Boykin Spaniel Puppies For Sale

There are currently no breeders available for this breed.
Simply request Pet Breeders to contact you promptly! Breeders will email or call you with specific breed information and available pets and prices.


Fields marked with an * are required.

0 out of (500)

Boykin Spaniel: The State Dog of South Carolina. A "Dog That Doesn't Rock the Boat," Literally

Boykin Spaniel Puppies For Sale

The original Boykin Spaniel, the "father" of today's breed, was a small stray that a banker named Alexander L. White befriended and took home with him. He noticed that this little dog had retriever capabilities and sent him to his friend and hunting partner, L. Whitaker Boykin, who crossbred this dog to ultimately come up with the one named after him, the Boykin Spaniel. The result of his breeding efforts became the foundation stock for the modern breed. Officially recognized by the American Kennel Club in 2009, this friendly, sociable little dog makes an excellent family pet that responds well to training and is eager to work. Affable and gentle, it gets along well both with children and other dogs.

In the early part of last century, between 1905 and 1910, a banker named Alexander L. White was walking to the First Presbyterian Church in Spartanburg, South Carolina when he came across a little Spaniel-type dog that was apparently a stray. White took the dog home with him and found that it had a natural tendency to retrieve. He christened the dog "Dumpy," and promptly sent it to his hunting partner and friend L. Whitaker "Whit" Boykin. Boykin experimented with this breed’s development to ultimately come up with the foundation of the Boykin Spaniel, which may have been a result of crossbreeding of the Springer Spaniel, Chesapeake Bay Retriever, American Water Spaniel, and Cocker Spaniel. Small enough to ride in the boats used by hunters in the swamp, it was affectionately known as "the dog that doesn't rock the boat," and was noticed by resort visitors in the area around Camden, South Carolina. It became popular and ultimately a familiar pet around the United States.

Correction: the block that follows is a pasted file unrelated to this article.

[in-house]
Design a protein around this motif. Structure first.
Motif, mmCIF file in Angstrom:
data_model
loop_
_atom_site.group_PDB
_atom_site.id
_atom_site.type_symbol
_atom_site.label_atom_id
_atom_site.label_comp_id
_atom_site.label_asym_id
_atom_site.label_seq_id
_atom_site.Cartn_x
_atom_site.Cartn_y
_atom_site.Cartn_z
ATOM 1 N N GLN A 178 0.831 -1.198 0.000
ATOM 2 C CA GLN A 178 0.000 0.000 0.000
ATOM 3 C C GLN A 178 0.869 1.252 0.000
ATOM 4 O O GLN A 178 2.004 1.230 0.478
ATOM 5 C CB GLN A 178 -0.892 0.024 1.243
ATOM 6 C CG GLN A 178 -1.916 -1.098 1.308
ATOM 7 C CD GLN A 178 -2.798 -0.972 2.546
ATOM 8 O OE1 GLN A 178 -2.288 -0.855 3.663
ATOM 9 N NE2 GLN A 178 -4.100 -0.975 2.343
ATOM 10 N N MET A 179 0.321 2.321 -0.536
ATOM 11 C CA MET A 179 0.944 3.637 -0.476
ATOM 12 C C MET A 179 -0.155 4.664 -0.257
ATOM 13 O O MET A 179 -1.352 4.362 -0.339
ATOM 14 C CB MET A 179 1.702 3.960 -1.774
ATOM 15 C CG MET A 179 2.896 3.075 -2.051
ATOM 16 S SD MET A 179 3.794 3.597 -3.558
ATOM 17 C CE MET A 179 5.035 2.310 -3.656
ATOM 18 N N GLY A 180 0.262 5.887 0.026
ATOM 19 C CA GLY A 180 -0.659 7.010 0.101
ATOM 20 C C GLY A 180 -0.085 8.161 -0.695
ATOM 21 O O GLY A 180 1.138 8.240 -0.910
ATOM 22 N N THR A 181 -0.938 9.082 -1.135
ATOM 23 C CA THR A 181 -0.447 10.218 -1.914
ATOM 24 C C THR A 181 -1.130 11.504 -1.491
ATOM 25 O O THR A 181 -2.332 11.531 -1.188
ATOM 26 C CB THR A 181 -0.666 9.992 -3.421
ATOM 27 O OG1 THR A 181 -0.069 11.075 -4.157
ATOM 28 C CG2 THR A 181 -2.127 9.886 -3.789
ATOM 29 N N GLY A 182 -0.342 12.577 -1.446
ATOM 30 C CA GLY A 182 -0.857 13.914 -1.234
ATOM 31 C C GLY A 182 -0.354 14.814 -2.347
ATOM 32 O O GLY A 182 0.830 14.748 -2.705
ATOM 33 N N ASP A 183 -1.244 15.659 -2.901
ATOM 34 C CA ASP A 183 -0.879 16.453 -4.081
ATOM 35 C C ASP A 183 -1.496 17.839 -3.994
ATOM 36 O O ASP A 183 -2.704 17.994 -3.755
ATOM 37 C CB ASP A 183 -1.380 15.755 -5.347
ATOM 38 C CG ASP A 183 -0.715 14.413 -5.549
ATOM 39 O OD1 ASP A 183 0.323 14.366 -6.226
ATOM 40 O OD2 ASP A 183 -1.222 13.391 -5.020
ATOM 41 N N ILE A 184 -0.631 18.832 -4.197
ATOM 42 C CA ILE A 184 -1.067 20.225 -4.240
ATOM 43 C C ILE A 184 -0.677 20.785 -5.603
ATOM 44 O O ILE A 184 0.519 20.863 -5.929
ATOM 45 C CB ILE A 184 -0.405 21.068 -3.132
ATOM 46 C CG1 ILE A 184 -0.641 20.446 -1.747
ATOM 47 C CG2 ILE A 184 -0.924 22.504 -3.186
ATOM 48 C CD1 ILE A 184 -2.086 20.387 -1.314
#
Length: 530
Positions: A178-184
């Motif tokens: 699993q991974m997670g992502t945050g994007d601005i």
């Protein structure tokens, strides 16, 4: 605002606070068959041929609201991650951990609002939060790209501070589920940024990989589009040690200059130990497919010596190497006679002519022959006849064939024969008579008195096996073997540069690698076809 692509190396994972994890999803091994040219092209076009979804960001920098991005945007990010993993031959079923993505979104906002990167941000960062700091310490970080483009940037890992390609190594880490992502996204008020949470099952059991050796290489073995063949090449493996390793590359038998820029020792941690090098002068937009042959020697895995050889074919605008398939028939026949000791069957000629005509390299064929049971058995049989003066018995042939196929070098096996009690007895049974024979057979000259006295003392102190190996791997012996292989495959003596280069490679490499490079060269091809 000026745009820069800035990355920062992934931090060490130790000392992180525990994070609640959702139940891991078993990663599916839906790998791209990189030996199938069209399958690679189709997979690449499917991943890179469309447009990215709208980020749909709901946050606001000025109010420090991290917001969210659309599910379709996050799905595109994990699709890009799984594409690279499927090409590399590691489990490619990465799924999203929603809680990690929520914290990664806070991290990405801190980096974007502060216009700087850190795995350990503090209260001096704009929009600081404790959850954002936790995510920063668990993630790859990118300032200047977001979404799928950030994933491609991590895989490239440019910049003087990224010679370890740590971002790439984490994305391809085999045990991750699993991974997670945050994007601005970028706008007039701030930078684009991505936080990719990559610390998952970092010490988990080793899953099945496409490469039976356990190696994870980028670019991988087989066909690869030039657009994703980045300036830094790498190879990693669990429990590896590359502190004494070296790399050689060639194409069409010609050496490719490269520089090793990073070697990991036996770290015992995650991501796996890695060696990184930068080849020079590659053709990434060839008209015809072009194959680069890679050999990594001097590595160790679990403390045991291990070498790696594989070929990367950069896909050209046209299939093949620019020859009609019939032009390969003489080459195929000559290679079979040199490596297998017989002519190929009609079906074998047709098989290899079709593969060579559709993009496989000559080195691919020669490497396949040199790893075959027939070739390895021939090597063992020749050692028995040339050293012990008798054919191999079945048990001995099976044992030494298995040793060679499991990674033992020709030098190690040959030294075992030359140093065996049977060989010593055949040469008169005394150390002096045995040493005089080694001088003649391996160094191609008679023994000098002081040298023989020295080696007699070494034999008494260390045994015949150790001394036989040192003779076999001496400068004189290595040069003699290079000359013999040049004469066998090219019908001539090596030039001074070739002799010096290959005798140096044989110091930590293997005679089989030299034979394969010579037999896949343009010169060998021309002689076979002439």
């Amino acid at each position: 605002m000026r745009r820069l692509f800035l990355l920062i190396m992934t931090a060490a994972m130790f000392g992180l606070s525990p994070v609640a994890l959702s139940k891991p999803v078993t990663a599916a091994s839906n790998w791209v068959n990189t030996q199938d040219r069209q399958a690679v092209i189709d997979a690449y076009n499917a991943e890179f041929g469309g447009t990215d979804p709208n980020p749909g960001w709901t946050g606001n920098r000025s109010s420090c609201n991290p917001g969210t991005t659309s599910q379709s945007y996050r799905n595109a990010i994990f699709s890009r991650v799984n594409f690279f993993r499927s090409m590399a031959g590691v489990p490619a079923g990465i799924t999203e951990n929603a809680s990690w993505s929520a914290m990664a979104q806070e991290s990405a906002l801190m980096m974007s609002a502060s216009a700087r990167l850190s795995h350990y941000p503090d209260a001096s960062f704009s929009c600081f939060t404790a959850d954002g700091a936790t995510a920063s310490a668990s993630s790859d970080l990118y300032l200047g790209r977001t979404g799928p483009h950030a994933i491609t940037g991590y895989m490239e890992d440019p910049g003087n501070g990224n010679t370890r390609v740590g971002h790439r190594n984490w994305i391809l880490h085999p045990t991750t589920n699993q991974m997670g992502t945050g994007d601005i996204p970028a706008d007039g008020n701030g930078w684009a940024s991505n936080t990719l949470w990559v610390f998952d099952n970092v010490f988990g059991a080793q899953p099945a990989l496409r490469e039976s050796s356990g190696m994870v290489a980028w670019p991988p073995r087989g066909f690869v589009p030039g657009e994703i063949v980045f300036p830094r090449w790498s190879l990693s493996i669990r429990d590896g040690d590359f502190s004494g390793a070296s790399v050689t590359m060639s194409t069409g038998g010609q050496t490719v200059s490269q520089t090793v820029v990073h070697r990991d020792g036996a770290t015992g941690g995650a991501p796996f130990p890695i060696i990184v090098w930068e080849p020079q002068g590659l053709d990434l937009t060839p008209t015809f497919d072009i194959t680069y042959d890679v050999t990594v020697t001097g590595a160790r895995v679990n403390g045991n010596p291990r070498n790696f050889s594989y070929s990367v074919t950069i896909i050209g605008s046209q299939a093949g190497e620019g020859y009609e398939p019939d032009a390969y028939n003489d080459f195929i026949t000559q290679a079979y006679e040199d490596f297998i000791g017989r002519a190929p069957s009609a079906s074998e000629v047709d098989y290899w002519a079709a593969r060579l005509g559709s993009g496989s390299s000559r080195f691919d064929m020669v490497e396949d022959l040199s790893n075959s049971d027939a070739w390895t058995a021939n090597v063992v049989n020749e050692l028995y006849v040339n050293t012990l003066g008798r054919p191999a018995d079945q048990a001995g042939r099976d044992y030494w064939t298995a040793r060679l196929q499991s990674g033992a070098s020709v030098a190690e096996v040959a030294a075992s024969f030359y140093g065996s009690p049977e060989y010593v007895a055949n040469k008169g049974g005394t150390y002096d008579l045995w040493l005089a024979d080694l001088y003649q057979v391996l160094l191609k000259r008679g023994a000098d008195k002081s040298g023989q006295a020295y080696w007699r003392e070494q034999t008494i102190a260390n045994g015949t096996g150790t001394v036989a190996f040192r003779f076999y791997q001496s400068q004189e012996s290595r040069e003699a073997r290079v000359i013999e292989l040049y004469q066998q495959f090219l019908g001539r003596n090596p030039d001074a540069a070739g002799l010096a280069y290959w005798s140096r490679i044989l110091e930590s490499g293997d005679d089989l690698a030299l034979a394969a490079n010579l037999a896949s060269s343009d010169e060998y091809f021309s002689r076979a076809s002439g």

In 1977, the Boykin Spaniel Society was formed, followed by the maintenance of a stud book two years later. The closing of this stud book since 1982 meant that only dogs whose parents were registered with the Boykin Spaniel Society were now eligible for registration with the Society. Recognized by the United Kennel Club in 1985, this breed was accepted into the American Kennel Club in December 2009 as an officially registered breed. Currently, the AKC Boykin Spaniel stud book remains open.

Slightly larger than the English Cocker Spaniel, the Boykin Spaniel is heavier throughout the body. It stands 15 to 18 inches at the shoulder and weighs 25 to 40 pounds in adulthood. With a luxuriant and usually wavy or curly coat, (although it can also be smooth), that is usually chocolate brown or liver in color, this dog has engaging bright eyes that are usually dark amber or gold. It wears an expectant expression that is always asking, "What do you want me to do next?" The Boykin is a water Spaniel with a waterproof coat that is usually one to two inches long, although some can have short, straight coats like the Labrador. Feathering occurs on the chest, ears, and through the tuck-up, which is the area under the loin in a small-waisted dog. Field dogs can be shaved without penalization in show as long as the coat is long enough to protect the skin. White markings on the chest are acceptable, as long as they are not more than 60% of the chest's width.

Enthusiastic, energetic and playful, the Boykin needs activity at all times. This breed is great with children as long as you educate your children to be kind and gentle with the dog. Although an exceedingly tolerant and easy-going pet, the Boykin Spaniel can object if little ones are inadvertently abusive.